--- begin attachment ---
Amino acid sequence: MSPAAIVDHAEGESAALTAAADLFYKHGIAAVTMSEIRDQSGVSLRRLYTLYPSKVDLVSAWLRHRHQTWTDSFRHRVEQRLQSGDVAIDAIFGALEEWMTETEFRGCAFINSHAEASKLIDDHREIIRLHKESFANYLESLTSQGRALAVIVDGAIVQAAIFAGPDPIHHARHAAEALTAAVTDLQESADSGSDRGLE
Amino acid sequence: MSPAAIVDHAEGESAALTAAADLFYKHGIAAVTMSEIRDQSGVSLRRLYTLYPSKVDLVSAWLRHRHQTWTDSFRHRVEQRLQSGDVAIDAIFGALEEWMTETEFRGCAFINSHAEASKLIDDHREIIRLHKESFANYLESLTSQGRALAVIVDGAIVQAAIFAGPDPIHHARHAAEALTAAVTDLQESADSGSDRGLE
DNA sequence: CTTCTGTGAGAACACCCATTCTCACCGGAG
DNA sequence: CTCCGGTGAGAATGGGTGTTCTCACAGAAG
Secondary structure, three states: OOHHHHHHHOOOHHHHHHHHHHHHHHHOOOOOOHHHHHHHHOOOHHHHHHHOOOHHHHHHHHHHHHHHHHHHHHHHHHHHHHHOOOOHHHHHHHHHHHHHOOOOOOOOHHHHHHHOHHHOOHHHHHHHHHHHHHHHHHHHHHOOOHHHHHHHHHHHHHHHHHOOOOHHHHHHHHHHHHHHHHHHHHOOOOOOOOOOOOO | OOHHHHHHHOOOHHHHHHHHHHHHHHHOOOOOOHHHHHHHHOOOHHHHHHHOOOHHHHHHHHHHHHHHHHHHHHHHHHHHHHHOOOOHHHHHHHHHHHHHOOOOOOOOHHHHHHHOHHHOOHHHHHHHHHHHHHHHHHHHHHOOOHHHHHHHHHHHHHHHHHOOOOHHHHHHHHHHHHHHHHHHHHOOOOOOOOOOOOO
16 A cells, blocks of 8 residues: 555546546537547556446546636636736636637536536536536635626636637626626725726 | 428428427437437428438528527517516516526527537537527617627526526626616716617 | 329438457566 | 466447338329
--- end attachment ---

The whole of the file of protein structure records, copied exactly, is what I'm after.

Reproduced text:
Amino acid sequence: MSPAAIVDHAEGESAALTAAADLFYKHGIAAVTMSEIRDQSGVSLRRLYTLYPSKVDLVSAWLRHRHQTWTDSFRHRVEQRLQSGDVAIDAIFGALEEWMTETEFRGCAFINSHAEASKLIDDHREIIRLHKESFANYLESLTSQGRALAVIVDGAIVQAAIFAGPDPIHHARHAAEALTAAVTDLQESADSGSDRGLE
Amino acid sequence: MSPAAIVDHAEGESAALTAAADLFYKHGIAAVTMSEIRDQSGVSLRRLYTLYPSKVDLVSAWLRHRHQTWTDSFRHRVEQRLQSGDVAIDAIFGALEEWMTETEFRGCAFINSHAEASKLIDDHREIIRLHKESFANYLESLTSQGRALAVIVDGAIVQAAIFAGPDPIHHARHAAEALTAAVTDLQESADSGSDRGLE
DNA sequence: CTTCTGTGAGAACACCCATTCTCACCGGAG
DNA sequence: CTCCGGTGAGAATGGGTGTTCTCACAGAAG
Secondary structure, three states: OOHHHHHHHOOOHHHHHHHHHHHHHHHOOOOOOHHHHHHHHOOOHHHHHHHOOOHHHHHHHHHHHHHHHHHHHHHHHHHHHHHOOOOHHHHHHHHHHHHHOOOOOOOOHHHHHHHOHHHOOHHHHHHHHHHHHHHHHHHHHHOOOHHHHHHHHHHHHHHHHHOOOOHHHHHHHHHHHHHHHHHHHHOOOOOOOOOOOOO | OOHHHHHHHOOOHHHHHHHHHHHHHHHOOOOOOHHHHHHHHOOOHHHHHHHOOOHHHHHHHHHHHHHHHHHHHHHHHHHHHHHOOOOHHHHHHHHHHHHHOOOOOOOOHHHHHHHOHHHOOHHHHHHHHHHHHHHHHHHHHHOOOHHHHHHHHHHHHHHHHHOOOOHHHHHHHHHHHHHHHHHHHHOOOOOOOOOOOOO
16 A cells, blocks of 8 residues: 555546546537547556446546636636736636637536536536536635626636637626626725726 | 428428427437437428438528527517516516526527537537527617627526526626616716617 | 329438457566 | 466447338329